The King County Ombuds Office decided to continue its investigation into Executive Dow Constantine’s alleged influence on a Marymoor Park concessions contract, even after the whistleblower asked to have the complaint closed, because the “public interest” would be best served by “a full understanding of the facts,” the office said.

The Ombuds, in a statement released Thursday evening, explained that factors that went into the decision included “the nature of the allegations, the terms of the retaliation settlement agreement between the parties, and the positions of public trust held by the complainant and respondents.”

In 2018, Kevin Brown, the former director of the county Parks division, alleged in two whistleblower complaints that King County Executive Dow Constantine pressured the agency to give a lucrative concessions deal to Seattle Event Solutions, a company then co-owned by Constantine’s longtime friend and political supporter, Seattle businessman David Meinert.

Constantine has strongly denied any wrongdoing. Brown and Meinert haven’t responded to requests for comment.

Brown settled his retaliation complaint — he said he’d been bullied and intimidated for speaking out about the contracting process — with the county earlier this year for $275,000 and was transferred to a less-senior position. Brown had been Parks director since 2006.

As part of the confidential settlement, Brown agreed to ask the Ombuds to close the investigation it had opened into the awarding of the Marymoor Park contract, following his ethics complaint.


But the Ombuds office declined to close the complaint. The agency says its full investigation will be finished by early September.

On Thursday, Constantine released a public letter to the Ombuds office calling for the immediate release of its findings.

“I believe the record clearly and unambiguously shows that none of Mr. Brown’s allegations have merit,” Constantine wrote. “Releasing the complaint in the absence of your office’s impartial findings will create questions and confusion, and damage the reputations of King County employees who work diligently in the public interest.”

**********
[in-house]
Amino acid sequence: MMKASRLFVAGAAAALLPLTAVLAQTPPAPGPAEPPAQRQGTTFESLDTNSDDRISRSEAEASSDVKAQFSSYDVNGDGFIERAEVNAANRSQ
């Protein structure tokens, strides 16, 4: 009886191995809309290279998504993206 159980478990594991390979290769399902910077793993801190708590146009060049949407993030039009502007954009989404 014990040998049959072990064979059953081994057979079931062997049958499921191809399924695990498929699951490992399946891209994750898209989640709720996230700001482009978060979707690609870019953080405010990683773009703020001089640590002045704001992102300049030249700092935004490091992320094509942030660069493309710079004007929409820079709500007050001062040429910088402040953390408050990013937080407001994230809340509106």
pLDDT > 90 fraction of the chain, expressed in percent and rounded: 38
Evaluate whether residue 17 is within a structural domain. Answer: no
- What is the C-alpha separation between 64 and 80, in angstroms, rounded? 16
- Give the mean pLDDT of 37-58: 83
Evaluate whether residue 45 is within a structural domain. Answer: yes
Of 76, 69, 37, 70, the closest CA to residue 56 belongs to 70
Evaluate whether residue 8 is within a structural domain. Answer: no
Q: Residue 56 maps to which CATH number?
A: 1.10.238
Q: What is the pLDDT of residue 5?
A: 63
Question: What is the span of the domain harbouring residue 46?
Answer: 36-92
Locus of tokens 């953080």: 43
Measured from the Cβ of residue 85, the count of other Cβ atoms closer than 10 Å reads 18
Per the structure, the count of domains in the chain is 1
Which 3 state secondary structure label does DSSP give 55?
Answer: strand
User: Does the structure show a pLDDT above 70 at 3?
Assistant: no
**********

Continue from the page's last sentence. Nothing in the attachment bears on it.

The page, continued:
Constantine cited King County Code requiring the Ombuds office to release its findings within a year of a complaint being filed. In response, the Ombuds office said that the King County ethics code has no timeline for release of an investigation, and that the one-year timeline for a whistleblower “improper governmental action” investigation can be paused while parties engage in mediation.

The Ombuds said that the whistleblower time frame was paused for 115 days while Brown participated in mediation for his retaliation complaint.

Constantine, in an interview Wednesday, said the settlement was negotiated by the county’s risk management and prosecuting attorney’s offices. He said it struck him as large, but that’s what “the risk people calculate is fair and they take a lot of things into consideration,” including Brown’s tenure and legal fees.

After The Seattle Times reported on the original whistleblower complaints on Thursday, Christie True, director of the Department of Natural Resources and Parks, Brown’s former boss and also a subject of his complaint, sent an email to agency employees saying that “it is virtually certain” that the Ombuds “will find no reasonable cause to sustain the complaint.”

“That said, there is much complexity to the review and that will no doubt be reflected in the media coverage,” she wrote.